The Future of Eau Claire?

Story by Thom Fountain

A new science building, a new performing arts center, an off-campus arena and five new residence halls were just some of the many changes proposed in the UW-Eau Claire Campus Master Plan presented at a University Senate meeting Tuesday.

John Hoffman, a representative of JJR Architects, the firm in charge of the UW-Eau Claire Campus Master Plan, showed overhead and ground view sketches of their ideas for university development in the next 20 years, focusing on connecting the three separate facets of campus: upper, lower and Water Street.

One of the greatest impacts to lower campus would come with moving the science departments to a new building constructed where Katherine Thomas Hall and Putnam Hall now stand, overlooking the Chippewa River. Hoffman said the plans focused on incorporating the river into the campus dynamic.

“The artist’s sketch of the proposed science building was enticing,” said Phil Ihinger, the University Senate representative from the geology department, in an e-mail to The Spectator. “I hope the mindset of opening up to the river front, rather than looking away from it, will be adopted … throughout the city of Eau Claire.”

Along with the new science center, JJR’s proposal suggested turning Garfield Avenue into a pedestrian-only street, with the exception of emergency vehicles and public transit, such as Eau Claire city buses or a university-run bus line. This would allow for riverside overlooks and a closer connection between upper and lower campus, Hoffman said.

Later in the plan, JJR suggested the removal of Zorn Arena and proposed moving the space to an off-campus location, possibly in collaboration with the city.

Most of the changes to lower campus are intended to open up the space, Hoffman said. The new Davies Center will allow for an open face to McIntyre off of the campus mall and taking vehicular traffic off Garfield will move parking lots to the outskirts of campus.

Across the river from the possible new science building, the Haas Fine Arts Center would also undergo renovations and possibly an extension that would allow the art and design program to accommodate more students.

JJR’s proposal also included a new building across Water Street from Haas that would serve as a performing arts center and exhibition space.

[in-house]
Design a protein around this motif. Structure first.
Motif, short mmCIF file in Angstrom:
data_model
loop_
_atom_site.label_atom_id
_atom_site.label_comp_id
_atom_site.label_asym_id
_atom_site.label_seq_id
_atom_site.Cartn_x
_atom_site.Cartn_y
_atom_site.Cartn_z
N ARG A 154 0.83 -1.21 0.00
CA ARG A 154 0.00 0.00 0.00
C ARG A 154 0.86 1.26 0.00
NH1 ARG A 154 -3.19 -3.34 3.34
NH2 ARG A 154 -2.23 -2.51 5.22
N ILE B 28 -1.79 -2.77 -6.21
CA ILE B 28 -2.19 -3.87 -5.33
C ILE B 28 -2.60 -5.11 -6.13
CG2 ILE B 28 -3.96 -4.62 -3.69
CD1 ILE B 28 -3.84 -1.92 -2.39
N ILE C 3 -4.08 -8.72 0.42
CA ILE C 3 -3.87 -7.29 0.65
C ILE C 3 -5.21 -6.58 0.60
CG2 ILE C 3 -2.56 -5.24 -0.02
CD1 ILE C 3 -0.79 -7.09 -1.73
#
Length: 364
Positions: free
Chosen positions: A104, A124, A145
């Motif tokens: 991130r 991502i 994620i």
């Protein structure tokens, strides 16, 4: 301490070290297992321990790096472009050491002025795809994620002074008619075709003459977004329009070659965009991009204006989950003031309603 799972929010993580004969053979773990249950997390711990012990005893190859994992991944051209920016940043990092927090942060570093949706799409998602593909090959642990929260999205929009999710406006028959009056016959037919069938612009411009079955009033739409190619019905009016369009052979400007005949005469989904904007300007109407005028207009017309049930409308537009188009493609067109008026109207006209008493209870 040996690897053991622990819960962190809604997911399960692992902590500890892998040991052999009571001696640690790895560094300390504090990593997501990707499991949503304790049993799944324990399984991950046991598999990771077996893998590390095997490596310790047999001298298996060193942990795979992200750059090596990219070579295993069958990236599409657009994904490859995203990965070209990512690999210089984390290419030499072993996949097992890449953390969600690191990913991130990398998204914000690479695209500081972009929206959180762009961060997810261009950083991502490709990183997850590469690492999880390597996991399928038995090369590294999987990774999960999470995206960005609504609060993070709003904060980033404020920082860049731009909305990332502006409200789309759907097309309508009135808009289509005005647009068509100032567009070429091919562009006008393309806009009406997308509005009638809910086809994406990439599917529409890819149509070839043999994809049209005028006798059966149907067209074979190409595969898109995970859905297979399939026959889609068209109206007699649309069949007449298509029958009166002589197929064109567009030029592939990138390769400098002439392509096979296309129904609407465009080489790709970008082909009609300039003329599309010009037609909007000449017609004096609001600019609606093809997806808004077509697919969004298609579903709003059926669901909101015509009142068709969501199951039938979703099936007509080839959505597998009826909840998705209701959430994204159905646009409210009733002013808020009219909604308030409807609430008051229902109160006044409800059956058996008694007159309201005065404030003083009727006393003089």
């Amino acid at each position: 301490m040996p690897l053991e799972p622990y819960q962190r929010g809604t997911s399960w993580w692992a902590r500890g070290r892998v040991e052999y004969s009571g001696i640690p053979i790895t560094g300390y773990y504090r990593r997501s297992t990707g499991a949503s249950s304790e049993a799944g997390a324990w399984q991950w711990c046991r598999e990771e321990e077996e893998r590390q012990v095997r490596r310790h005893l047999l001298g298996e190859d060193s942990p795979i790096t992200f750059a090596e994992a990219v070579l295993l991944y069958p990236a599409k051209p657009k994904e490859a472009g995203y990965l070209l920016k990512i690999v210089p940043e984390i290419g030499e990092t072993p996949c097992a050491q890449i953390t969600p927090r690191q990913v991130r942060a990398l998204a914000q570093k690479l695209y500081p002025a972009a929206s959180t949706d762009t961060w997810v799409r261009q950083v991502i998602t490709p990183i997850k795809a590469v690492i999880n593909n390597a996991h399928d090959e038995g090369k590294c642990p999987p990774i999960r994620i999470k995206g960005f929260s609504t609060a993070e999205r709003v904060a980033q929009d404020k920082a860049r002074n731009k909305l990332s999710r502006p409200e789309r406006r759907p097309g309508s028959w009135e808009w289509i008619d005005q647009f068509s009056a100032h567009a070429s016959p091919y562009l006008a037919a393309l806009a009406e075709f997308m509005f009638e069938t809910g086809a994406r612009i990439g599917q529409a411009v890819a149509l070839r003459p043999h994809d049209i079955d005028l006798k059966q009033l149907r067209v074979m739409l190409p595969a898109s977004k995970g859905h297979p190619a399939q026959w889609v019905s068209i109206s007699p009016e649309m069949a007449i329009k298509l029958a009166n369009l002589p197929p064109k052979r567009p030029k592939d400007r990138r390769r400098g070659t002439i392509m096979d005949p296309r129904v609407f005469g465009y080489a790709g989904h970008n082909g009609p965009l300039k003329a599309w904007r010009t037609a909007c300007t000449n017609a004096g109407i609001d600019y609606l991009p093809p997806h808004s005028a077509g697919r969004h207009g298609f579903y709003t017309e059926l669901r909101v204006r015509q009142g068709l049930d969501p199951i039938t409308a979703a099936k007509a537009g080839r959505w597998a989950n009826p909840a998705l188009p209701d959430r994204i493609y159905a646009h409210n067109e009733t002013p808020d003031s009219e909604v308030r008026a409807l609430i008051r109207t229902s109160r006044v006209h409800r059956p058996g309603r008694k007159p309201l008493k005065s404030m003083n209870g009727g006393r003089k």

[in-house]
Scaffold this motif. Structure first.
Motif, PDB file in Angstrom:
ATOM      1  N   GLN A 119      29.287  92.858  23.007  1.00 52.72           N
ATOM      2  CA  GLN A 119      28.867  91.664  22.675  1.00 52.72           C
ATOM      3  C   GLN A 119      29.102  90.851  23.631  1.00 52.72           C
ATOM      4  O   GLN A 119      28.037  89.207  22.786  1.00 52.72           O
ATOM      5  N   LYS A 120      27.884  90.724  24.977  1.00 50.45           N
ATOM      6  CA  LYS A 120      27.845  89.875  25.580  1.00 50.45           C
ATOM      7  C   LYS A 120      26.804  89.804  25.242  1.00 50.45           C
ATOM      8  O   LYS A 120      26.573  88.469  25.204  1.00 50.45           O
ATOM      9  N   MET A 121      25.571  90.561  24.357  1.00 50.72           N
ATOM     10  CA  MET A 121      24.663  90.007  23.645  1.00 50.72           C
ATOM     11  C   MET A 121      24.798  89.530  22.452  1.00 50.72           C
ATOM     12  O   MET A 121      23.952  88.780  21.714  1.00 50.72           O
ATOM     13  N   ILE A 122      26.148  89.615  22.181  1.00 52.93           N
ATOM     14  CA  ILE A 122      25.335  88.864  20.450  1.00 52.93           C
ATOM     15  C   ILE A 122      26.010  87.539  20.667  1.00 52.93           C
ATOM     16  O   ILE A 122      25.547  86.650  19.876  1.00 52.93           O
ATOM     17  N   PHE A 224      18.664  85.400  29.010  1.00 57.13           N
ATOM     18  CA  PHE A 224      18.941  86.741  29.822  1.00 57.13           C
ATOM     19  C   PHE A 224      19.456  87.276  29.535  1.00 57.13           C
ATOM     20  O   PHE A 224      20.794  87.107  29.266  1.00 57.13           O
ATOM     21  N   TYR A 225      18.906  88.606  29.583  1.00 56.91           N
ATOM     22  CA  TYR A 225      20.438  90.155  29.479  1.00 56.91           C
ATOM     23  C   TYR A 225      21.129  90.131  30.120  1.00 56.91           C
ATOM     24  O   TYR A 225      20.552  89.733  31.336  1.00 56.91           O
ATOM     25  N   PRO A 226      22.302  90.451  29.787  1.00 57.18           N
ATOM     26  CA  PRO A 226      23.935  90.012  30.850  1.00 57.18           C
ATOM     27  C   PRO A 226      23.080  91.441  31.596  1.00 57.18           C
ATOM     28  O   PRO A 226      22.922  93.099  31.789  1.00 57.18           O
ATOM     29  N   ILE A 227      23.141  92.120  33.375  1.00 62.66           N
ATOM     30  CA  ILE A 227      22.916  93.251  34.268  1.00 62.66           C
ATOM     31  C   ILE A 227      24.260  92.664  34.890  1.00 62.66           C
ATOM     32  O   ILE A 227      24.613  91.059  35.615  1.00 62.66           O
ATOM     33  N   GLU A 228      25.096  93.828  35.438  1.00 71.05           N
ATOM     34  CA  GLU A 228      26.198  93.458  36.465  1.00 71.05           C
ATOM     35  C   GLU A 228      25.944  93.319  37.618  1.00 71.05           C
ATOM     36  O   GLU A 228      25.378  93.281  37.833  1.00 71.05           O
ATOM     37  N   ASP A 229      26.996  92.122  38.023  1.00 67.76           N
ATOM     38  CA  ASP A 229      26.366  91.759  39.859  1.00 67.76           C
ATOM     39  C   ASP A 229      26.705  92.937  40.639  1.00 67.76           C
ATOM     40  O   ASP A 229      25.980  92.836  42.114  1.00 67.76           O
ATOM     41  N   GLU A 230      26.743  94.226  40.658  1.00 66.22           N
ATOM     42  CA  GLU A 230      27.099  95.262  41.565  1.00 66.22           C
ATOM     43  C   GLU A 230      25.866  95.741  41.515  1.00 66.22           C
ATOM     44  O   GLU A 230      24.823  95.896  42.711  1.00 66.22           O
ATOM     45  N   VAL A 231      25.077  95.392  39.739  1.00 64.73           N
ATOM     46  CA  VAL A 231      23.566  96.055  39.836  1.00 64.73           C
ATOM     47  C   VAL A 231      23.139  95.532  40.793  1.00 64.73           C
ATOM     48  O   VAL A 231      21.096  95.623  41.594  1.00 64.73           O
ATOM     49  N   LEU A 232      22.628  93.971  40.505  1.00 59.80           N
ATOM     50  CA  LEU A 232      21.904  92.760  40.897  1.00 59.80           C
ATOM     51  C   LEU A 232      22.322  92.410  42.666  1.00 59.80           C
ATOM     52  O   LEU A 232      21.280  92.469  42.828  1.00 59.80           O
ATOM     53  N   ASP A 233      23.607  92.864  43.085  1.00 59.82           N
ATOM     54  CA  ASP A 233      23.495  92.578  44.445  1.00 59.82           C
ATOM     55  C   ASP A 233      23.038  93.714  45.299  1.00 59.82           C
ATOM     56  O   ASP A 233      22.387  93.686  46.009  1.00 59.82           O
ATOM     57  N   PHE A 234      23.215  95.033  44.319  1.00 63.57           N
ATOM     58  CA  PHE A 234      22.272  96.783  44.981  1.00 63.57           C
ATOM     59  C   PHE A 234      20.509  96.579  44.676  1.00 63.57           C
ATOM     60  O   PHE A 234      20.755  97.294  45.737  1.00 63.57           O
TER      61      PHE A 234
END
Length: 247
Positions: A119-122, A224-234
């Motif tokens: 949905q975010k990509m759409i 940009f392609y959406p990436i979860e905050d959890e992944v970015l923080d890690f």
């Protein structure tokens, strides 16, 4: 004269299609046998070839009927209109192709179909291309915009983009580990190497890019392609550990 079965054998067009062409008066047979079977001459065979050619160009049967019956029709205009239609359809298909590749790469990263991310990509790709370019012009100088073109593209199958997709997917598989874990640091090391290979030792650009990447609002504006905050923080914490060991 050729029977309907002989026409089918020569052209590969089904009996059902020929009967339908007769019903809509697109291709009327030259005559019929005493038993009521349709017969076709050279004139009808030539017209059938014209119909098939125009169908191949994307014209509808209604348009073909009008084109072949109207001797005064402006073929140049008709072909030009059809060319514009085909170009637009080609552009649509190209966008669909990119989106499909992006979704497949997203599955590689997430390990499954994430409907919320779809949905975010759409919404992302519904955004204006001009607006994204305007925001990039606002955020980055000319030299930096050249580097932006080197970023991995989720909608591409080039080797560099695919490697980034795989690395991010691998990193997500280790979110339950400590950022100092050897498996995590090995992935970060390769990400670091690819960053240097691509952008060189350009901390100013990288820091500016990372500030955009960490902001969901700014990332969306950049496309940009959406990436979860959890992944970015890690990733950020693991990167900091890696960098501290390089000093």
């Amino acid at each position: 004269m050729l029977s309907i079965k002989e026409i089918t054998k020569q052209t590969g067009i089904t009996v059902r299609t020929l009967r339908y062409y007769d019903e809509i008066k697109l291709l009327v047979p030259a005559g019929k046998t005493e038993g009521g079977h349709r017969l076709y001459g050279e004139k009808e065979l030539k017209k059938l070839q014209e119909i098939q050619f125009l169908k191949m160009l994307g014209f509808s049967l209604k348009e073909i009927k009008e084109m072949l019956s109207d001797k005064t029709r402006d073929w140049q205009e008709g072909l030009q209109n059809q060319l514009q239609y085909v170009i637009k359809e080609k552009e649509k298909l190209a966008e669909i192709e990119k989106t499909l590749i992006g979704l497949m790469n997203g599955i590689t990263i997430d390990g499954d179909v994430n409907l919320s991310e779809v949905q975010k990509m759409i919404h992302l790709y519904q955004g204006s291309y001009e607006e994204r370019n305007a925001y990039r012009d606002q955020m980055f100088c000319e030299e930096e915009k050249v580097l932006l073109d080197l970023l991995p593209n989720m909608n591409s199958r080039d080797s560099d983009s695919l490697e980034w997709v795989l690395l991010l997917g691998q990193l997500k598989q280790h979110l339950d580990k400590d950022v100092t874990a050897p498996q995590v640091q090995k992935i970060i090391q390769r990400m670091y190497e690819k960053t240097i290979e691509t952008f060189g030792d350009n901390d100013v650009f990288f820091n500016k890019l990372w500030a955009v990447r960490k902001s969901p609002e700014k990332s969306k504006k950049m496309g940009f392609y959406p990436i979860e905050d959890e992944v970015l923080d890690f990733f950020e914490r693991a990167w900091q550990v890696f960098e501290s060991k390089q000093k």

Jill Olm, the University Senate representative to the art and design department, said the department has been in need of an expansion to Haas for a long time.

“It’s less about logistical change and more about ideological,” Olm said.

By having more and larger classrooms, Olm said the art and design department could incorporate more non-majors and improve the connection to the rest of campus. Olm also said she hopes sharing a new building would increase the relationship between the visual and performing arts, who are sectioned off by a hallway in the current Haas building.

Up the hill, Hoffman said the Campus Master Plan hopes to take students out of the hotels and make the current residence halls less crowded. The plan calls for up to five new residence halls, including structures in Towers Field and where the tennis courts currently stand. The plan also called for Horan to be replaced with a larger residence hall that included dining facilities.

Alan Gengenbach, a University senator representing the chemistry department, said he had no qualms with the design or ideas of JJR’s proposal, but wasn’t sure if it was fiscally possible. A similar question was posed at the end of the meeting.

Hoffman said although details on financing and phasing were not available yet, the changes in the proposed plan were made with finances in mind.

“I’ll be the first to say that there are academic needs …that aren’t being fully met with these (new) academic buildings on campus,” Hoffman said. “But these are the most likely number of academic buildings within the 20 years of this master plan.”

The next step for the Campus Master Plan will be a final plan that will be presented to University Senate in January or February.

Student Response

With the UW-Eau Claire Campus Master Plan taking shape, some students have their own opinions on what buildings need renovations.

“I spend most of my time in Phillips (Hall),” said Dan

Hanson, a senior microbiology major. “The rooms are certainly a bit outdated.” Hanson also said he was glad to see the new building coming soon.

Matthew Nelson, a senior marketing major, said he believes Zorn Arena is too small for the university’s uses, especially graduation.

“It would be nice to see a little room (in Zorn) so people aren’t struggling to have to get graduation tickets,” Nelson said.

Nelson, who has most his classes in Schofield, said he is satisfied with the classroom sizes of the building.

Freshman Katelyn Meinholz said she has no qualms with academic buildings on campus, but admits the residence halls can seem crowded.

“When you have ninety-plus people sharing five showers it can get kind of crazy,” she said. “But it all works out.”